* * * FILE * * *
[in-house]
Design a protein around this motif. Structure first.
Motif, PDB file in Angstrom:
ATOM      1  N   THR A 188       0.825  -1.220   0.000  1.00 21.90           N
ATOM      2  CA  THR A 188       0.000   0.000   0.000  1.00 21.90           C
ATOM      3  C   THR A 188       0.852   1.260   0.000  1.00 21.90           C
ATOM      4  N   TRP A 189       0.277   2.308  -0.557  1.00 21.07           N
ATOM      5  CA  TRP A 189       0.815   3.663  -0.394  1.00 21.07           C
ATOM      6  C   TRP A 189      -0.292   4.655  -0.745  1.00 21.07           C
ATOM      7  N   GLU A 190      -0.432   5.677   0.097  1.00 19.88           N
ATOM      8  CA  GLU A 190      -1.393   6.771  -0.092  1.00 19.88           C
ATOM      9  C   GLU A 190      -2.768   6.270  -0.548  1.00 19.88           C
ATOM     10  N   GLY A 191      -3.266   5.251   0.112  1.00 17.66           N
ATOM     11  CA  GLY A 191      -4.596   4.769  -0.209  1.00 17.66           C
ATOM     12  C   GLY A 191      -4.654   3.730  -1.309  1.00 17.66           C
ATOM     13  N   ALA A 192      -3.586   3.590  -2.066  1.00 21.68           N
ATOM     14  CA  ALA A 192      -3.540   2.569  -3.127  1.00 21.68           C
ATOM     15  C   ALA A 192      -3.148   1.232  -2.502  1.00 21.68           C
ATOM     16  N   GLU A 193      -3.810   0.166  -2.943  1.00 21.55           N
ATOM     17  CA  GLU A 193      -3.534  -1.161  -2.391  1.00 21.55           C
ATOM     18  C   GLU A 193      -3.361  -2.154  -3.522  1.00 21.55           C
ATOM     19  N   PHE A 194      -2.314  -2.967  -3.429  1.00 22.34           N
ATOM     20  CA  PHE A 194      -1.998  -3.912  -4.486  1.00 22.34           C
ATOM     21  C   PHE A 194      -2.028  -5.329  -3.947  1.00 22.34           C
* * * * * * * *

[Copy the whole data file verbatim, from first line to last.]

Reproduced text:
[in-house]
Design a protein around this motif. Structure first.
Motif, PDB file in Angstrom:
ATOM      1  N   THR A 188       0.825  -1.220   0.000  1.00 21.90           N
ATOM      2  CA  THR A 188       0.000   0.000   0.000  1.00 21.90           C
ATOM      3  C   THR A 188       0.852   1.260   0.000  1.00 21.90           C
ATOM      4  N   TRP A 189       0.277   2.308  -0.557  1.00 21.07           N
ATOM      5  CA  TRP A 189       0.815   3.663  -0.394  1.00 21.07           C
ATOM      6  C   TRP A 189      -0.292   4.655  -0.745  1.00 21.07           C
ATOM      7  N   GLU A 190      -0.432   5.677   0.097  1.00 19.88           N
ATOM      8  CA  GLU A 190      -1.393   6.771  -0.092  1.00 19.88           C
ATOM      9  C   GLU A 190      -2.768   6.270  -0.548  1.00 19.88           C
ATOM     10  N   GLY A 191      -3.266   5.251   0.112  1.00 17.66           N
ATOM     11  CA  GLY A 191      -4.596   4.769  -0.209  1.00 17.66           C
ATOM     12  C   GLY A 191      -4.654   3.730  -1.309  1.00 17.66           C
ATOM     13  N   ALA A 192      -3.586   3.590  -2.066  1.00 21.68           N
ATOM     14  CA  ALA A 192      -3.540   2.569  -3.127  1.00 21.68           C
ATOM     15  C   ALA A 192      -3.148   1.232  -2.502  1.00 21.68           C
ATOM     16  N   GLU A 193      -3.810   0.166  -2.943  1.00 21.55           N
ATOM     17  CA  GLU A 193      -3.534  -1.161  -2.391  1.00 21.55           C
ATOM     18  C   GLU A 193      -3.361  -2.154  -3.522  1.00 21.55           C
ATOM     19  N   PHE A 194      -2.314  -2.967  -3.429  1.00 22.34           N
ATOM     20  CA  PHE A 194      -1.998  -3.912  -4.486  1.00 22.34           C
ATOM     21  C   PHE A 194      -2.028  -5.329  -3.947  1.00 22.34           C